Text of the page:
Thus it is with great excitement that I announce the launch of a Kickstarter campaign to support LibraryBox v2.0. It is a meager amount of money that I am asking for ($3000) and I could easily use 3-5x that amount in various ways…but I wanted to ensure that the project stays true to its open source roots. If you think that LibraryBox is worth supporting, back it for some amount…but more importantly, spread the word. LibraryBox is much larger than just libraries, and the more eyeballs that see the campaign page the more likely it is that it could gather some attention outside of the LibraryLand that we all know and love.

I’m incredibly excited about the project. I’m terrified of seeing how it does on Kickstarter, and if people can grok the potential in the way that the LibraryBox community has. And I’m really looking forward to continuing to work on the project.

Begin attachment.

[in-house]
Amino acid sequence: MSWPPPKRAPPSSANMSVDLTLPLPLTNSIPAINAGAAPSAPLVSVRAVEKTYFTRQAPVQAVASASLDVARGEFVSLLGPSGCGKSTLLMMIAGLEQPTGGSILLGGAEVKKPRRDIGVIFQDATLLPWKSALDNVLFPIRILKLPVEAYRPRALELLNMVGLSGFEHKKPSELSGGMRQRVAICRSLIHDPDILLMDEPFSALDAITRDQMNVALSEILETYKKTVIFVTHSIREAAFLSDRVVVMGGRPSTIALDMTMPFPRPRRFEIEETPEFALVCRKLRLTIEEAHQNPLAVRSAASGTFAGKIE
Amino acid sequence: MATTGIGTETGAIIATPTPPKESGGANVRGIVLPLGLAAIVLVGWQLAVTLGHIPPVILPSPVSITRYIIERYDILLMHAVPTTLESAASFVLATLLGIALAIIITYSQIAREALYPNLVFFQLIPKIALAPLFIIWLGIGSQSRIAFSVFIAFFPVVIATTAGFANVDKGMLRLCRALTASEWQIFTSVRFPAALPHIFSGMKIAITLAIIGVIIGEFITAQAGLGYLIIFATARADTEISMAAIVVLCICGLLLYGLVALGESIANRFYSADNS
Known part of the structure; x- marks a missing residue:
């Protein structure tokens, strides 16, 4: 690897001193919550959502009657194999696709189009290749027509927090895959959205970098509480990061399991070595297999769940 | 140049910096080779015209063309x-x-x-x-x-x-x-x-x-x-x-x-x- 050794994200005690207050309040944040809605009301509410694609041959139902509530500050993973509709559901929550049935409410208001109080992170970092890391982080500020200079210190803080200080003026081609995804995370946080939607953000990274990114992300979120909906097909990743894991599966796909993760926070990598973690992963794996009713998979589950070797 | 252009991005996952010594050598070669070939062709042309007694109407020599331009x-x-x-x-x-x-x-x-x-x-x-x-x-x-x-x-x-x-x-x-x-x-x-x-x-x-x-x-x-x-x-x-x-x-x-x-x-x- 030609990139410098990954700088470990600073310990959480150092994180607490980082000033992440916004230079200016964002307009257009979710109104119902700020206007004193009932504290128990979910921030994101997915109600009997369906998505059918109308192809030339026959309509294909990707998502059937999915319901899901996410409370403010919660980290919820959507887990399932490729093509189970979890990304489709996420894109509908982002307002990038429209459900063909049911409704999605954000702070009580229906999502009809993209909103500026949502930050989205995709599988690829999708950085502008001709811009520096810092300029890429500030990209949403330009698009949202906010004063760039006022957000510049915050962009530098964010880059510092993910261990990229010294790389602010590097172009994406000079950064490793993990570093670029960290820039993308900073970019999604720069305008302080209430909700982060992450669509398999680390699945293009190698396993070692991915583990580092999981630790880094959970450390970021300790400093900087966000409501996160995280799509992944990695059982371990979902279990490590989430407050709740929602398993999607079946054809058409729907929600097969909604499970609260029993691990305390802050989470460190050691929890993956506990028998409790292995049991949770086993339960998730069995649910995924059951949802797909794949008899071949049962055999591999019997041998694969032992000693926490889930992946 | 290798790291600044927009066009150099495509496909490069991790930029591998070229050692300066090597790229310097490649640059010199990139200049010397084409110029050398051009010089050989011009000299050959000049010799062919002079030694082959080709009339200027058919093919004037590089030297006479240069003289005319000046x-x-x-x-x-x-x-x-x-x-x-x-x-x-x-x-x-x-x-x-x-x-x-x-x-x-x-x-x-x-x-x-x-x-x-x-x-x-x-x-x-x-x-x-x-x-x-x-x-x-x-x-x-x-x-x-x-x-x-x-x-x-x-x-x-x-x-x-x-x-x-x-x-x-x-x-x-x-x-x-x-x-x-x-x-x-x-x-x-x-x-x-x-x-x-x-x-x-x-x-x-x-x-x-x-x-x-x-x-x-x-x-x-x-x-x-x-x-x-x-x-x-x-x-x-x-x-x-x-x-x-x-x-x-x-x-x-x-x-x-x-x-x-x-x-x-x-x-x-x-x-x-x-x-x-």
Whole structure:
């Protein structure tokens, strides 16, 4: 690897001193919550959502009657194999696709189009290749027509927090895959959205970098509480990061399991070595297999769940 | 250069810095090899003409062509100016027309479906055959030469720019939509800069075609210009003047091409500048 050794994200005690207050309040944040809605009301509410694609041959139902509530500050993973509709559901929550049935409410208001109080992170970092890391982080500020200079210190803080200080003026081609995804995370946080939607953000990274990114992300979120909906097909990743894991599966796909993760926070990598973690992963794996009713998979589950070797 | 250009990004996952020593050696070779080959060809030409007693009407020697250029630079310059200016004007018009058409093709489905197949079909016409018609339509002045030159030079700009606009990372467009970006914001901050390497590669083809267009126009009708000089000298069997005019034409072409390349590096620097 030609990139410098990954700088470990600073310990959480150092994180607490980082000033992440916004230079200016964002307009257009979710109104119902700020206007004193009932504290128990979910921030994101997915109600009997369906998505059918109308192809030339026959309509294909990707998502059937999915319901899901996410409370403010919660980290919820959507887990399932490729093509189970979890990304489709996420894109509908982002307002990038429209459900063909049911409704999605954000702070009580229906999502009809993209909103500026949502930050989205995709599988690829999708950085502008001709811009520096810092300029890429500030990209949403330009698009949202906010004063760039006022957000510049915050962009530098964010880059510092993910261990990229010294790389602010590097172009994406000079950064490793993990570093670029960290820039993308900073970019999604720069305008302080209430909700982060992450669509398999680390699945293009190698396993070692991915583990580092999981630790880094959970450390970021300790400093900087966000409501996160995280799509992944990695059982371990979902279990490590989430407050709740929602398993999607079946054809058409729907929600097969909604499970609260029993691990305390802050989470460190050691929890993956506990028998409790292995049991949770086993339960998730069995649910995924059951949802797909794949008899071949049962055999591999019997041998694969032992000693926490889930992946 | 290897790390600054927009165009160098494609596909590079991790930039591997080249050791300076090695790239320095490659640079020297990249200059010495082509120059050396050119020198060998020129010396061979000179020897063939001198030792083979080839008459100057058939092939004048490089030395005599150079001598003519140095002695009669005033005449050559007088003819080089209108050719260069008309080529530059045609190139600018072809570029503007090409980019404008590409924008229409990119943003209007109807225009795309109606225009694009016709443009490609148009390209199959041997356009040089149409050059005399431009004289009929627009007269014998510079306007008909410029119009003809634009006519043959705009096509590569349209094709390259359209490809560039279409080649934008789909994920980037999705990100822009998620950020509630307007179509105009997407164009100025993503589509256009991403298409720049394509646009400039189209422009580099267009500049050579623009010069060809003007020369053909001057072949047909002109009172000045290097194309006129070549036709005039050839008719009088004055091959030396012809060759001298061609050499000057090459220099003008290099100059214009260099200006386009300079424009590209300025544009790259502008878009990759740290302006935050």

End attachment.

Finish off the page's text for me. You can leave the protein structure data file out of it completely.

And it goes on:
Help make LibraryBox great along with me.

LibraryBox v1.5 website relaunch

While this blog has been quiet, I’ve been working away at a redesign of the LibraryBox website. Said redesign is now live, all new content, and most importantly, instructions for how to build a v1.5 LibraryBox. These instructions are far, far easier than the v1 instructions, and I took at lot of time listening to feedback about the Project, trying to find the right tone for the site. What I wanted to do was try and tell the story of why I think LibraryBox is potentially an important project. I think I managed that.

Go take a look, let me know what you think!